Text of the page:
CPEC Won’t Be Reconsidered, But It Could Be Reviewed
With this backdrop in mind, it’s actually quite prudent for Prime Minister Khan to visit Saudi Arabia before any other country because he could ideally obtain financial support or promises thereof which could consequently make his presumable future negotiations with Pakistan’s Chinese strategic partners all the easier. To explain, China will predictably also chip in to help its ally because it has obvious interests in retaining financial stability in its irreplaceable Silk Road partner, but Pakistan would understandably want to ensure that it gets the best deal possible, which is why shoring up support from other sources beforehand is crucial before going to Beijing to negotiate the terms of any forthcoming assistance. Relatedly, Prime Minister Khan’s government might also seek to renegotiate the terms (e.g. repayment period, interest rates) of existing Silk Road deals if a possible review uncovers that his predecessor’s administration agreed to unfavorable ones for corrupt reasons.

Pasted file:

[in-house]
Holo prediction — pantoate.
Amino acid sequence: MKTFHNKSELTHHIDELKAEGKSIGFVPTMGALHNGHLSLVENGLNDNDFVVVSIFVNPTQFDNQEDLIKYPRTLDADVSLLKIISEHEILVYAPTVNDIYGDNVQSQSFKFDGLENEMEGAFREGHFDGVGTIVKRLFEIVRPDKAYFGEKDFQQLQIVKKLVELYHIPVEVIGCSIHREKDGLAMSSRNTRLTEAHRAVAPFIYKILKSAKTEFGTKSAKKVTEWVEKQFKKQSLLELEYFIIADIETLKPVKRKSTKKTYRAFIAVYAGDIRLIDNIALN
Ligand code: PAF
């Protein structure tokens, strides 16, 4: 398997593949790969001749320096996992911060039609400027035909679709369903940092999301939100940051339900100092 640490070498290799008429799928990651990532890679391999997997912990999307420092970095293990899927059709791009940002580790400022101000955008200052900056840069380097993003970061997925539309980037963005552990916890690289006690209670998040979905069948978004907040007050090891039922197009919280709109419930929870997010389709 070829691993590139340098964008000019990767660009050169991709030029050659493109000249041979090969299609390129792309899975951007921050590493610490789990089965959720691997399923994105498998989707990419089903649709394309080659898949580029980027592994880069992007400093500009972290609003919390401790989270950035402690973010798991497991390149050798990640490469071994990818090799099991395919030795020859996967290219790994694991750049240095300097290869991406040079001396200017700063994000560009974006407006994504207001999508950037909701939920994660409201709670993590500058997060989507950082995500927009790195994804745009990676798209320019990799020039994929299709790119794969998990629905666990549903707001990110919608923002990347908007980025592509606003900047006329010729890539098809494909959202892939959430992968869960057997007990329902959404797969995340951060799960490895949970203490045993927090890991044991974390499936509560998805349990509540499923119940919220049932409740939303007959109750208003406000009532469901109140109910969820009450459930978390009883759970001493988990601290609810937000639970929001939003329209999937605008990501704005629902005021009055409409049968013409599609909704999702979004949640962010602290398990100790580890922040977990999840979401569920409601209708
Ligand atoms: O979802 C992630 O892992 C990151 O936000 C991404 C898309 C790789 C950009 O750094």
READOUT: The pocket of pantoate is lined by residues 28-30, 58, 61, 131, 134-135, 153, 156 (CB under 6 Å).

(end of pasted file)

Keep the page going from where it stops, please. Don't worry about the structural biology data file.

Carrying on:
To be clear, nothing of the sort has been discovered thus far and Abdul Razzak Dawood, Prime Minister Khan’s advisor on commerce, clarified earlier remarks that were attributed to him by the Financial Times which reported that he wanted to halt the implementation of CPEC projects for one year prior to reviewing and possibly renegotiating them. He said that his statements were taken out of context but didn’t exactly refute the essence of what he supposedly conveyed, which is that a review and renegotiation process could possibly commence but that it wouldn’t involve halting the implementation of CPEC projects or outright scrapping them like the newly (re-)elected government of Malaysia’s Mahathir has already done. What this means in practice is that Pakistan could try to get better terms for the deals that it already signed in order to advance it and China’s collective interests.